Close to the summit of the thickly forested Obong-san (640m), Bokdu-am features a huge rock face out of which 19 niches have been carved. The three central niches hold a figure of the historical Buddha flanked by two bodhisattva (Munsu and Bohyeon); the remainder house the 16 nahan (arhat) monks who have attained Nirvana. Just below the hermitage is a stunning viewpoint from the top of a couple of massive boulders. It’s a great place for a picnic lunch.
The carvings are recent and although there’s an unoccupied house up here, the actual hermitage was burned down in 1988 after an electrical fault started a blaze. There is also a statue of Gwanseeum, the Goddess of Mercy (whose name means the one who 'listens to the cries of the world'), just beyond the rock face.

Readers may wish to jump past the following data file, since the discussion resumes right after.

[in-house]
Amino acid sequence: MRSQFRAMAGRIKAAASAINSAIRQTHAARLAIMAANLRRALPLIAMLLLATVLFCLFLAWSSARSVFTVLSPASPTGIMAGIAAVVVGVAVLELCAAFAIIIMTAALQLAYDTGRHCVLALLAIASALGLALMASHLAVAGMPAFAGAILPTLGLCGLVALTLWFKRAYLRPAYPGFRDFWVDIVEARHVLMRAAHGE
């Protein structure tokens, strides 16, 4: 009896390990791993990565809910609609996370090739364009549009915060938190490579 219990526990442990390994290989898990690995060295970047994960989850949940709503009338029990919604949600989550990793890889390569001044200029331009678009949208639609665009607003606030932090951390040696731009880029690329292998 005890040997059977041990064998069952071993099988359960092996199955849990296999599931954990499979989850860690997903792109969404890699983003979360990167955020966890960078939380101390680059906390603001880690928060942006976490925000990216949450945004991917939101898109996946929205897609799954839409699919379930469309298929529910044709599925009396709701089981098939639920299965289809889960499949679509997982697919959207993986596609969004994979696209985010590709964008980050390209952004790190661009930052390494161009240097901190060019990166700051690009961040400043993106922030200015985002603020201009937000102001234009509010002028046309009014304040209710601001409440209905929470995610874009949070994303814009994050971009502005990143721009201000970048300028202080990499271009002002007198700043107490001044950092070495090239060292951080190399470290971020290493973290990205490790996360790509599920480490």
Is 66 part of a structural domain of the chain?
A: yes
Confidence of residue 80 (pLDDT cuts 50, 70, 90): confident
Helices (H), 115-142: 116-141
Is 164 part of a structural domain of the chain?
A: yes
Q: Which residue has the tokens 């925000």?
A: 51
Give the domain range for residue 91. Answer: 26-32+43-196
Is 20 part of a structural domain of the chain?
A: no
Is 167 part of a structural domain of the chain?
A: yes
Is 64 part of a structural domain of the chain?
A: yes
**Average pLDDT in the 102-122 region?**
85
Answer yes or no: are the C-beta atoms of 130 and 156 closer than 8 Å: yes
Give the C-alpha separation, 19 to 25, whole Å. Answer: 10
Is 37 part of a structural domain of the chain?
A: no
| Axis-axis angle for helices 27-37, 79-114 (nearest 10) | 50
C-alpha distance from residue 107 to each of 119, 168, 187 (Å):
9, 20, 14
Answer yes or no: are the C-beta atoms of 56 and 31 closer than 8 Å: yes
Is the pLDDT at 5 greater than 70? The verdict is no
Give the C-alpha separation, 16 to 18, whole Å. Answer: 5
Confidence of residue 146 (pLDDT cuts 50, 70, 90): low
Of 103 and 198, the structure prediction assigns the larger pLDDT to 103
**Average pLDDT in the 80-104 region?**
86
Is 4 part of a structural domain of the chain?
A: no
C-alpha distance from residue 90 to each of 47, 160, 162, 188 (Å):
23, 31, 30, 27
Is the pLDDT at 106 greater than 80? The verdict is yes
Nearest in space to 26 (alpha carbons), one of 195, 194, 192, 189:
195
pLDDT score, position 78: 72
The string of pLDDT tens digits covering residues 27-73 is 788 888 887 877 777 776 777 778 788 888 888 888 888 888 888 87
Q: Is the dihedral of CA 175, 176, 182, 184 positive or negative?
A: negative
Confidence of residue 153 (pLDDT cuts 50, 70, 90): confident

The trail is easy to follow, but bring water as there are no springs along the way. The walk up will take around an hour. From the bus stop in Songseon-ri (송선리), follow the creek up along the narrow road about 500m to a small temple, Seongam-sa. The trail starts just to the left of this temple and is well marked in Korean.
A further 3.8km up the road from the bus stop for Bokduam and Jusaam, remote Sinseon-sa near the top of Danseok-san (827m), is believed to be one of the oldest cave temples in Korea. About 50m to the right as you face the temple are some ancient rock carvings in a small grotto. The temple was used as a base by General Kim Yu-shin in the 7th century and has seen renovation work since then. It’s about a two-hour circuit walk from the bus stop. There’s a little village along the way, about 2.5km from the bus stop.
Bus 300 (₩1800, every 25 minutes) travels to Obong-san and stops near Jusaam. If you’re looking for a more direct route to Sinseon-sa, take bus 350 (₩1800, every one to two hours) and get off at Ujung-gol (우중골). From the intercity bus terminal, catch either bus at the stop near Paris Baguette on Daejung-no.